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TEACH Grants, Loans And Why The Hell Do People Want The Government To Do More?

An interesting little example of how government actually works here. No, not a story of how it should work. Nor of how we’ll all be sniffing unicorn farts if only the bureaucrats got to run more of our lives. Instead, the reality of how allowing the technocrats power actually works out.

The US Government has an unobjectionable little program to encourage people to become teachers. Their student loans become instead a grant if they agree to go teach in a low income public school for 4 years. It’s not a program I would recommend but in the Annals of Government Horrors it’s a pretty small one.

But look at what happens to people who go into that program:

[perfectpullquote align=”full” bordertop=”false” cite=”” link=”” color=”” class=”” size=””] Nearly 2,300 teachers have just had a mountain of student loan debt lifted off their backs, according to previously unreleased figures from the U.S. Department of Education. The move follows reporting by NPR that exposed a nightmare for public school teachers across the country. In exchange for agreeing to work in low-income schools, aspiring teachers could get federal Teacher Education Assistance for College and Higher Education (TEACH) grants from the department to help pay their way through college. But those grants were often unfairly turned into loans that teachers had to pay back. [/perfectpullquote]

Unfairly might be a bit strong. They had to do some stuff in order to gain that relief. The people who lost that relief were the people who didn’t do that stuff. You know, a bit like the kids who get a bad grade because they don’t hand in their homework?

[perfectpullquote align=”full” bordertop=”false” cite=”” link=”” color=”” class=”” size=””] The problem at the heart of the TEACH grant story is that small paperwork issues often triggered this catastrophic consequence. In order to qualify for a grant, aspiring teachers agreed to teach for four years in a low-income public school. But the rules also required that teachers send in a form every year to prove they were actually teaching. The forms were often due over the summer when teachers and principals, who had to sign them, were away on vacation. And if teachers sent in this annual form even one day late, missing a signature or date, or with any other little problem, their TEACH grants would be turned into loans, with interest. And this process was irreversible. Teachers were told their loans could not be converted back to grants. [/perfectpullquote]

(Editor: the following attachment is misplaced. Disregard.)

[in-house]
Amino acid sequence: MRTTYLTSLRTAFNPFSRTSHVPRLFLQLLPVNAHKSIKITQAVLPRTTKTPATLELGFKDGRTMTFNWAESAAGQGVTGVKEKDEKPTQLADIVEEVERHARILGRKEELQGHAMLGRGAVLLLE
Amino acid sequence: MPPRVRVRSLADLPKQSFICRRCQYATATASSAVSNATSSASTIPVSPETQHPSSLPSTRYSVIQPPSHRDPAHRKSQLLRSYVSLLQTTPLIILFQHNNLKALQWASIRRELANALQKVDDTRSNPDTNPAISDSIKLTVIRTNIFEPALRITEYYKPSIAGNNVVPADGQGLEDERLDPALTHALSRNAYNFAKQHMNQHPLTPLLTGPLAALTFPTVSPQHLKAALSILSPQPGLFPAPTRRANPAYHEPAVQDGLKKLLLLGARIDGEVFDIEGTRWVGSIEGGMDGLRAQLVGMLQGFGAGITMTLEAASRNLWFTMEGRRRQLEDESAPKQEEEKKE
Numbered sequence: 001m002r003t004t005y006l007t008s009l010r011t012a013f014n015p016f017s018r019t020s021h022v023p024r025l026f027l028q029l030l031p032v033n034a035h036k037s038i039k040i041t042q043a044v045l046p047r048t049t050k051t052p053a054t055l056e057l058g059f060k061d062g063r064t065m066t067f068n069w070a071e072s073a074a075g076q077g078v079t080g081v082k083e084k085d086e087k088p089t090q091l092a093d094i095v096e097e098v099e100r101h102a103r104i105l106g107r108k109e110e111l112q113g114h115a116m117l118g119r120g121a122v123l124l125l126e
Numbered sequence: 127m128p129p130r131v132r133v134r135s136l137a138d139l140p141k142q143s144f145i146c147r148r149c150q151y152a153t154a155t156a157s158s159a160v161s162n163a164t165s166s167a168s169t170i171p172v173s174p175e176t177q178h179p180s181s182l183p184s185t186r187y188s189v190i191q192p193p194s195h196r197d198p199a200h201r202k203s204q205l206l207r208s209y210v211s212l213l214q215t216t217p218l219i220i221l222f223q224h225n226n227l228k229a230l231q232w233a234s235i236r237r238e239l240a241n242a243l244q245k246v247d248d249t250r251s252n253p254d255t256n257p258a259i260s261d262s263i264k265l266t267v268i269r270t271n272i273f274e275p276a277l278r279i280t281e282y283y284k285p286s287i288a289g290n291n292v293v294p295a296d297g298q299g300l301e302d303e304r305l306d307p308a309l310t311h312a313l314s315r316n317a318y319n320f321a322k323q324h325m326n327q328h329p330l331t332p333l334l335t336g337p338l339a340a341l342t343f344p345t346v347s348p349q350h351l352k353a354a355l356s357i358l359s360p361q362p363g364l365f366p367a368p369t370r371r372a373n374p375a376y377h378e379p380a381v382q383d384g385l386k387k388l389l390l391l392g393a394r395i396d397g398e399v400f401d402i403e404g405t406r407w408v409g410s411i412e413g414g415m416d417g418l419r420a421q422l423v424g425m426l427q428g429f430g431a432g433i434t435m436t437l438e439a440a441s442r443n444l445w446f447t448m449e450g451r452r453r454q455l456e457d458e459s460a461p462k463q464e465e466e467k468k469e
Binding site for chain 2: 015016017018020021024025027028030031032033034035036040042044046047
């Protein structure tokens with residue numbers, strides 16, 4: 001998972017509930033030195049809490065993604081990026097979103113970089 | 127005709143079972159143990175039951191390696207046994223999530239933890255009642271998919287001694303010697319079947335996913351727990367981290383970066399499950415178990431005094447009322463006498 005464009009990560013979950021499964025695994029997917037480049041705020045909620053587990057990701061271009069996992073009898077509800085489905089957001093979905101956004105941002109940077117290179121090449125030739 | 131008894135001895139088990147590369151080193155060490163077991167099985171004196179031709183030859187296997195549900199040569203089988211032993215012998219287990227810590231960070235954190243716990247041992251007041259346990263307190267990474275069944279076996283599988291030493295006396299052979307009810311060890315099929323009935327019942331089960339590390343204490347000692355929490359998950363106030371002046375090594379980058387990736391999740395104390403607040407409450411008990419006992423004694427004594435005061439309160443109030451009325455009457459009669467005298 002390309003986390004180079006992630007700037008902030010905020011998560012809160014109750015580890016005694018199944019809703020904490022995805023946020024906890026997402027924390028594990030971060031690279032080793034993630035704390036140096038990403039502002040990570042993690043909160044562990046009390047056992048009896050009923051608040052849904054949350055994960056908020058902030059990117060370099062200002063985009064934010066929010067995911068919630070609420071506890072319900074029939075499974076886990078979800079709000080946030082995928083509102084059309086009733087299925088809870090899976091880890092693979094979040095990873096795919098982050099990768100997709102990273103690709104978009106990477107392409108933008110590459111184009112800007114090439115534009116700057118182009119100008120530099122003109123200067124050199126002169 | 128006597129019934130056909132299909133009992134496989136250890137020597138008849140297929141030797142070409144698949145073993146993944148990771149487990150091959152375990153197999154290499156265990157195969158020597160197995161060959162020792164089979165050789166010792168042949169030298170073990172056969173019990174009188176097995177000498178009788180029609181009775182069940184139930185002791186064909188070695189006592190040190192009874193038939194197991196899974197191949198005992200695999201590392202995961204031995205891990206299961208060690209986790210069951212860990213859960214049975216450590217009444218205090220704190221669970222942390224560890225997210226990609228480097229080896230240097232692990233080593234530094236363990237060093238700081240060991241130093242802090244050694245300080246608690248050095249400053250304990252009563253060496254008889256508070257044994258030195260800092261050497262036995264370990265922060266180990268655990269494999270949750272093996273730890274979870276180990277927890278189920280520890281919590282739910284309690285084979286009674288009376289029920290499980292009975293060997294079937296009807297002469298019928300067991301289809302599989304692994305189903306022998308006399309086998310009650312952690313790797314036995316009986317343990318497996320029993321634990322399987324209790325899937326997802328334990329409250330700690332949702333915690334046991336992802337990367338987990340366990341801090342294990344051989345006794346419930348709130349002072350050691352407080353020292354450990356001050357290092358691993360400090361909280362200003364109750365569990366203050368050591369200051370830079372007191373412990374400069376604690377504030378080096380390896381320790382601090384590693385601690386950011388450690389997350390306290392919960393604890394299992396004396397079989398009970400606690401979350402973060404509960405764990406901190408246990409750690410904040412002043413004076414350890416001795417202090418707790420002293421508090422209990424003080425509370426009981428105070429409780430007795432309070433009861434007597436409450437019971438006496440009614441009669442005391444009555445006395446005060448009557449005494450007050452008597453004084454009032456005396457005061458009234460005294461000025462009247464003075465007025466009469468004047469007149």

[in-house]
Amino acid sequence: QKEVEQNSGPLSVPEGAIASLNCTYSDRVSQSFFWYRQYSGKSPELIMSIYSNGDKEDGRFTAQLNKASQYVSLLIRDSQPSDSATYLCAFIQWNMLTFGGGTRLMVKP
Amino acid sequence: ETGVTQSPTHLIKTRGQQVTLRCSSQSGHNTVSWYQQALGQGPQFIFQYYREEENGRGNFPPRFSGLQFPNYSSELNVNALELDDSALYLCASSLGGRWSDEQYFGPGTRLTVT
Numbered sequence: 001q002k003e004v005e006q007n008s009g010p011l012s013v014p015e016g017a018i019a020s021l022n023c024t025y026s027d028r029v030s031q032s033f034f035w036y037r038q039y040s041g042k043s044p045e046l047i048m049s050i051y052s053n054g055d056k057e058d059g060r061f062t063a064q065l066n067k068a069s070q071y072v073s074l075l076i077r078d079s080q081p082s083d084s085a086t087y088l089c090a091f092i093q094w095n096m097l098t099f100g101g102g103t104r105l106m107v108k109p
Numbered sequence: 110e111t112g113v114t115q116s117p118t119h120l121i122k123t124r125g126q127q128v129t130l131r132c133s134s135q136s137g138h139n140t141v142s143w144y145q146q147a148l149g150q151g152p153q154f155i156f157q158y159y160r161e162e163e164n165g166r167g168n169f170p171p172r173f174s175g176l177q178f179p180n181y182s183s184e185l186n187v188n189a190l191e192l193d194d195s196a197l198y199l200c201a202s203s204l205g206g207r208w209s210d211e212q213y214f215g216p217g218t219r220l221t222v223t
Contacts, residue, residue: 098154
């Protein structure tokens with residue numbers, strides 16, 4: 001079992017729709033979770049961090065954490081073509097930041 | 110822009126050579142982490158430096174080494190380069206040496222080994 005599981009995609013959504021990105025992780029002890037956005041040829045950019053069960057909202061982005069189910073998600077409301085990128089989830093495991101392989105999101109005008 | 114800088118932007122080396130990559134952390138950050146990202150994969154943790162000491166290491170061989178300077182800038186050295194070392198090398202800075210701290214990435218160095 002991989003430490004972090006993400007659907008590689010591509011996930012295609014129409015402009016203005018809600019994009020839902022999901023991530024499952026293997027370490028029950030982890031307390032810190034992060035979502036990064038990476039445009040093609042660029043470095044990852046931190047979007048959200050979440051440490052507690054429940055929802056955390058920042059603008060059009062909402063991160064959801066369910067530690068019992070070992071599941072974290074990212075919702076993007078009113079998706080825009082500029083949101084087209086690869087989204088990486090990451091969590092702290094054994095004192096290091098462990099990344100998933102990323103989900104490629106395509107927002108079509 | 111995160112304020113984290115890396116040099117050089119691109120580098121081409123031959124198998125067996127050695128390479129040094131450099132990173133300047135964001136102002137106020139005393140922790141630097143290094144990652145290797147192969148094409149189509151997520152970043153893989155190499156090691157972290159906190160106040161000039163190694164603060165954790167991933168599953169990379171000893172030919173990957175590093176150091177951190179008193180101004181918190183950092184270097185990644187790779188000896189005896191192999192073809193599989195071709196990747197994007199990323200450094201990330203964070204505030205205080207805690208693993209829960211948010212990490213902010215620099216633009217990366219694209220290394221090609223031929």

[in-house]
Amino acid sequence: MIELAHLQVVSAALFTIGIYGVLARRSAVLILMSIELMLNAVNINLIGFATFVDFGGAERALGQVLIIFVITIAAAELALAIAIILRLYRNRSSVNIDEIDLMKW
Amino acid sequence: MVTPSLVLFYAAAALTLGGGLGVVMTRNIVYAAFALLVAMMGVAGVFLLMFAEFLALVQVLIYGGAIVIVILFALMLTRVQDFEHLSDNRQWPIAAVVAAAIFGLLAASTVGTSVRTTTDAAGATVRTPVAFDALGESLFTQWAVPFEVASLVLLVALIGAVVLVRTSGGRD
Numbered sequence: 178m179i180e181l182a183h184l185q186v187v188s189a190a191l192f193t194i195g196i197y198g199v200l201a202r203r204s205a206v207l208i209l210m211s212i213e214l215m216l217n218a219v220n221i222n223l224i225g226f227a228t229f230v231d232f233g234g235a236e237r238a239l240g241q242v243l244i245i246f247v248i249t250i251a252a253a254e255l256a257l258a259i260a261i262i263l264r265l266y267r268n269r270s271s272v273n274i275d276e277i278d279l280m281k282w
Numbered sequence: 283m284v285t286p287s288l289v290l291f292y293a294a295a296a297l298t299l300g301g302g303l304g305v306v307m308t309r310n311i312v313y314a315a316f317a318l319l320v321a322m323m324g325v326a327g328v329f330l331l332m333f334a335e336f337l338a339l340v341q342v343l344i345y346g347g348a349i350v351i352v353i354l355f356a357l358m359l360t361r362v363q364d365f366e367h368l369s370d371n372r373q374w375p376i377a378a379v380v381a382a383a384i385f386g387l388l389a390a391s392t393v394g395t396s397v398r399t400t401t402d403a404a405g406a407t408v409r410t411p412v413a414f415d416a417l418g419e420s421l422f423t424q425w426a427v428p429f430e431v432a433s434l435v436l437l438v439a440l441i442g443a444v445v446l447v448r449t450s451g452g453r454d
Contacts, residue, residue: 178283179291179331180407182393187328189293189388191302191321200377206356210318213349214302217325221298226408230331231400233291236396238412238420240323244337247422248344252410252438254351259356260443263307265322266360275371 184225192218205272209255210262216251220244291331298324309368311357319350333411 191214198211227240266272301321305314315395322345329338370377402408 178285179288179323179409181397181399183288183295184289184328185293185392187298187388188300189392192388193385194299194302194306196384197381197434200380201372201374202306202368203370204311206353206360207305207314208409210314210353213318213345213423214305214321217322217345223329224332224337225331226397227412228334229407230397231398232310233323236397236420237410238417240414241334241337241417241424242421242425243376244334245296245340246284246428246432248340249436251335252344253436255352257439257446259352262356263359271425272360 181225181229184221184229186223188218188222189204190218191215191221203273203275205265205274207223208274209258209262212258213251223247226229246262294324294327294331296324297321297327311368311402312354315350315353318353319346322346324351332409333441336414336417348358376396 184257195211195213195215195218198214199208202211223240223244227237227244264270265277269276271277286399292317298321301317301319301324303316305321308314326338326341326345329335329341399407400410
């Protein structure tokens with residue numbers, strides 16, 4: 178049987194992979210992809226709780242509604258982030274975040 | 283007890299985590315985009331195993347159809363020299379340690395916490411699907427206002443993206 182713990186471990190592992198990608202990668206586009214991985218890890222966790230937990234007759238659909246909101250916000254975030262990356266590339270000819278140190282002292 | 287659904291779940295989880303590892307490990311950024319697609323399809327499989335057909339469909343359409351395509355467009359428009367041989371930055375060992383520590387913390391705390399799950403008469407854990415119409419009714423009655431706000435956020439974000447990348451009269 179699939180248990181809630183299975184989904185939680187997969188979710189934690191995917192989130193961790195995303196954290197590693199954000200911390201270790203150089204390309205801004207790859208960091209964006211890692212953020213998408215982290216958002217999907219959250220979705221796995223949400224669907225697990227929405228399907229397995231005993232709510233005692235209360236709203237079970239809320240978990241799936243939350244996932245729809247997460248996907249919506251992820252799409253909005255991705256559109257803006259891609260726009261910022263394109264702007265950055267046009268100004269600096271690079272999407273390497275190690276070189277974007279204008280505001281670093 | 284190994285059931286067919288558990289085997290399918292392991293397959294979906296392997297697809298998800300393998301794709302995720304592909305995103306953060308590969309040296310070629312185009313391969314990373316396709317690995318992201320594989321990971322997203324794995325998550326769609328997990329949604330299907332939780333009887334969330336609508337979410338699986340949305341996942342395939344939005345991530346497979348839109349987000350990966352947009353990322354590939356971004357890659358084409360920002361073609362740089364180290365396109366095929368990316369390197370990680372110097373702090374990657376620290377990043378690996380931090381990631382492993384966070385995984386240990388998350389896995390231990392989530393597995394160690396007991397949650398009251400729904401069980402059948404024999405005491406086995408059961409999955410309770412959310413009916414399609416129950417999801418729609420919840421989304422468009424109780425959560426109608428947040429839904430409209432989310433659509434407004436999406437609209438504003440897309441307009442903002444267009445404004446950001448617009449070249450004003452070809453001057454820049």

Well, this is the sort of thing that is going to happen if we allow the anal retentives to rule our lives. And yes, obviously, anyone going into the bureaucracy is going to be an anal retentive. After all, they’re not there for the creativity of their working lives now, are they? A solid salary telling other people what to do, who is going to be excited by that as an occupation?

Which is the problem with that entire technocratic worldview of course. The sort of scum who end up running such a system and the rules they enforce on everyone else as they do so.

As ever, the best argument against government doing more is the manner in which government currently does.

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